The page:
One of the most feared players in the U.S., Emory Tate has built a reputation over the years as a swashbuckling tactician who will try to slash you to bits as brilliantly as possible… and he doesn’t disappoint.
Born on the west side of Chicago, but spending formative years in Indiana, (USA) Emory Tate Jr. was taught the game of chess by his father Emory Sr. Indiana is a fairly active chess state, but in the early days of stardom, Tate spent a lot of time in the Chicago area creating a buzz with his hyperactive play. If one observes closely, it is easy to get a glimpse of his brilliant mind.
Tate’s reputation received a boost while he served in the Air Force and was 5-time Armed Forces Champion. His travels have given him the opportunity to make a foray into European chess. Of course, Tate has some comfort in these environments since he is fluent in Russian and has decent command of other languages.
Kangugi “K. K.” Karanja (born November 23, 1973) is a chess player regarded as the first African-American chess prodigy. He became a US Chess Federation Candidate Master at the age of 10, the youngest African-American to do so.
In 1985 at the age of 11, he won the National Elementary Chess Championship with a perfect 7-0 score (seven wins and no losses), becoming the first African-American to win a national scholastic title and the second African-American to win a national chess championship (Frank Street, Jr. was the first, winning the 1965 US Amateur Championship).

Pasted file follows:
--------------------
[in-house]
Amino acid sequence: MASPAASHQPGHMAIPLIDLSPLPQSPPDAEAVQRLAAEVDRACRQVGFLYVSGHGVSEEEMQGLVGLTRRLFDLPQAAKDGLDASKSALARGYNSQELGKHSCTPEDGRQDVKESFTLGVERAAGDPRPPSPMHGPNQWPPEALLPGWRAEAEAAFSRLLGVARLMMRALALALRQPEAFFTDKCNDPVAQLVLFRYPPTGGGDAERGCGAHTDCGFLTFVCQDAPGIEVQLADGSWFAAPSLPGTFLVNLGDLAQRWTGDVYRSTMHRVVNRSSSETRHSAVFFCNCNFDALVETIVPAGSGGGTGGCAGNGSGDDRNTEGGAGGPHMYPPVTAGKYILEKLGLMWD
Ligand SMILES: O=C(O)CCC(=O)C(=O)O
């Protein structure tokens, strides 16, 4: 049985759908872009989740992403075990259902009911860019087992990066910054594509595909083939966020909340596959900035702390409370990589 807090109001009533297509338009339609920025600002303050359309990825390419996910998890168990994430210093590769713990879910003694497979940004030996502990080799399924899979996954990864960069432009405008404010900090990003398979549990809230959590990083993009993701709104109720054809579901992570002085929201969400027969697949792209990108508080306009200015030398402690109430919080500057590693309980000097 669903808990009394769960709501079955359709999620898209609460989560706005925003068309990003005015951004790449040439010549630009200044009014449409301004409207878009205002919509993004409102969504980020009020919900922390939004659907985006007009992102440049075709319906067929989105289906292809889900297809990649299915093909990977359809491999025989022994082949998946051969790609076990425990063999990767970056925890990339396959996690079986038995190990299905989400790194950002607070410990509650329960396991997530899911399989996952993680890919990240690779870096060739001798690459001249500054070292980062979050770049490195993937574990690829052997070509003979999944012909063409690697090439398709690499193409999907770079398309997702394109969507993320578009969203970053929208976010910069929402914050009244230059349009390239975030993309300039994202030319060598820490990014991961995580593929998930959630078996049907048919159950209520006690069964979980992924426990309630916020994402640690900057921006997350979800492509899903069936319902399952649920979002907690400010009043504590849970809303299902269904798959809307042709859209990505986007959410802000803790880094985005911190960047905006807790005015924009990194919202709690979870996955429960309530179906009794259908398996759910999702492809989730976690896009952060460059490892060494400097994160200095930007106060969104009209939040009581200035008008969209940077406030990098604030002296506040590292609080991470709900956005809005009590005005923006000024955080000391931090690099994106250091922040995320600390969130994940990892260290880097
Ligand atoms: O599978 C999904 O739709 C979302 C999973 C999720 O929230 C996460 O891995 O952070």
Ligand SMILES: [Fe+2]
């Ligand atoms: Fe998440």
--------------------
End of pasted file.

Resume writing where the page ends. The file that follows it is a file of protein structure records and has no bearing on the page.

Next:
In 1985, Karanja also received the Laura Aspis Prize, granted annually to the top USCF-rated player under the age of 13. Karanja qualified as the United States representative for the 1986 World Under-14 Chess Championship in San Juan, Puerto Rico. In 1987, Karanja was selected to the inaugural All-America Chess Team, which recognizes the top 0.1-0.2 percent of chess players age 18 years and younger. He was the first African-American to make the team, with only three having qualified since: Shearwood McClelland III in 1995, Justus Williams in 2010 and Josh Colas in 2010. Karanja also qualified for the 1987 U.S. Cadet Championship where only the top eight players under age 16 are invited to compete.
In 1988, Karanja was selected to participate in a simultaneous exhibition held by Grandmaster and World Champion Garry Kasparov in New York, during Kasparov’s first visit to America. Of the 59 players to compete against Kasparov, only Karanja and fellow prodigy Josh Waitzkin held Kasparov to draws (the other 57 players lost).
In 1989, at the age of 15 years and 7 months, Karanja became a chess master, becoming the second youngest African-American at the time to achieve that feat behind Howard Daniels (15 years, 4 months). He subsequently attended Carleton College.
Karanja retired from tournament play in 1990 with a rating of 2193. Karanja has written one book on chess and while living in Kenya was active in promoting chess.
Below, Grandmaster Maurice Ashley in D.C. to promote chess for children.